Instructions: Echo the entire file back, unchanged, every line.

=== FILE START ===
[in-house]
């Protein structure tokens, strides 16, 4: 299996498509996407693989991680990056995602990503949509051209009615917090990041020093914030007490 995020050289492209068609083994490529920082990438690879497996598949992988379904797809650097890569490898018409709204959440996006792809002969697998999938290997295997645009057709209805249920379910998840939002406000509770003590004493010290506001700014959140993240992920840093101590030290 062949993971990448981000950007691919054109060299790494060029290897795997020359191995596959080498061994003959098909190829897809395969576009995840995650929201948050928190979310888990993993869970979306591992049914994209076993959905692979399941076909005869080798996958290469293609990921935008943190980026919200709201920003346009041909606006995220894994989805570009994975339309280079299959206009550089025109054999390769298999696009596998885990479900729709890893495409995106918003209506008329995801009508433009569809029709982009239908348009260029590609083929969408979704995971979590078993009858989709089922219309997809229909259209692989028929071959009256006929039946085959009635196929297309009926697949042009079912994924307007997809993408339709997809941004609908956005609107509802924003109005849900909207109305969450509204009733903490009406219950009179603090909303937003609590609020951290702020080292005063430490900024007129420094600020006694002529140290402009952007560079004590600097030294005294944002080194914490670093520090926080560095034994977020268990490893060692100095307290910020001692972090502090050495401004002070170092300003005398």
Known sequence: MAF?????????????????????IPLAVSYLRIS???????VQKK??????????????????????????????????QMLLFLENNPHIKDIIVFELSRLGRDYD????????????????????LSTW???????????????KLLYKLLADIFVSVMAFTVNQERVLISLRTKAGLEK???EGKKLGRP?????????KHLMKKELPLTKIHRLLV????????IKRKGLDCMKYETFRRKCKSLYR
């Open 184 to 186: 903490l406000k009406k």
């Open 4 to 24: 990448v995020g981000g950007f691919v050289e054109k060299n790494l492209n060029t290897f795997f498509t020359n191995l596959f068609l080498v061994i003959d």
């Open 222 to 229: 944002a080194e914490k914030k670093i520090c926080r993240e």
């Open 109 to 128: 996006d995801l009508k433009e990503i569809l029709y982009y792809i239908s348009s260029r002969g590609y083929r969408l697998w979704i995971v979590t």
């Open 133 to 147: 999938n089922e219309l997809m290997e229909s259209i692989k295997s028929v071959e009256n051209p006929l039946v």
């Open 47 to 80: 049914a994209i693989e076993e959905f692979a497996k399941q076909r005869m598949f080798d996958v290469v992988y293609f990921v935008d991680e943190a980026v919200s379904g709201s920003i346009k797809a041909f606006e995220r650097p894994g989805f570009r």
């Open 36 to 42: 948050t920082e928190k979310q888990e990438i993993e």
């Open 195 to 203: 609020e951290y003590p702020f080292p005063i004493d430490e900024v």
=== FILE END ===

[in-house]
């Protein structure tokens, strides 16, 4: 299996498509996407693989991680990056995602990503949509051209009615917090990041020093914030007490 995020050289492209068609083994490529920082990438690879497996598949992988379904797809650097890569490898018409709204959440996006792809002969697998999938290997295997645009057709209805249920379910998840939002406000509770003590004493010290506001700014959140993240992920840093101590030290 062949993971990448981000950007691919054109060299790494060029290897795997020359191995596959080498061994003959098909190829897809395969576009995840995650929201948050928190979310888990993993869970979306591992049914994209076993959905692979399941076909005869080798996958290469293609990921935008943190980026919200709201920003346009041909606006995220894994989805570009994975339309280079299959206009550089025109054999390769298999696009596998885990479900729709890893495409995106918003209506008329995801009508433009569809029709982009239908348009260029590609083929969408979704995971979590078993009858989709089922219309997809229909259209692989028929071959009256006929039946085959009635196929297309009926697949042009079912994924307007997809993408339709997809941004609908956005609107509802924003109005849900909207109305969450509204009733903490009406219950009179603090909303937003609590609020951290702020080292005063430490900024007129420094600020006694002529140290402009952007560079004590600097030294005294944002080194914490670093520090926080560095034994977020268990490893060692100095307290910020001692972090502090050495401004002070170092300003005398």
Known sequence: MAF?????????????????????IPLAVSYLRIS???????VQKK??????????????????????????????????QMLLFLENNPHIKDIIVFELSRLGRDYD????????????????????LSTW???????????????KLLYKLLADIFVSVMAFTVNQERVLISLRTKAGLEK???EGKKLGRP?????????KHLMKKELPLTKIHRLLV????????IKRKGLDCMKYETFRRKCKSLYR
């Open 184 to 186: 903490l406000k009406k």
């Open 4 to 24: 990448v995020g981000g950007f691919v050289e054109k060299n790494l492209n060029t290897f795997f498509t020359n191995l596959f068609l080498v061994i003959d």
């Open 222 to 229: 944002a080194e914490k914030k670093i520090c926080r993240e």
């Open 109 to 128: 996006d995801l009508k433009e990503i569809l029709y982009y792809i239908s348009s260029r002969g590609y083929r969408l697998w979704i995971v979590t």
């Open 133 to 147: 999938n089922e219309l997809m290997e229909s259209i692989k295997s028929v071959e009256n051209p006929l039946v």
């Open 47 to 80: 049914a994209i693989e076993e959905f692979a497996k399941q076909r005869m598949f080798d996958v290469v992988y293609f990921v935008d991680e943190a980026v919200s379904g709201s920003i346009k797809a041909f606006e995220r650097p894994g989805f570009r």
């Open 36 to 42: 948050t920082e928190k979310q888990e990438i993993e």
């Open 195 to 203: 609020e951290y003590p702020f080292p005063i004493d430490e900024v």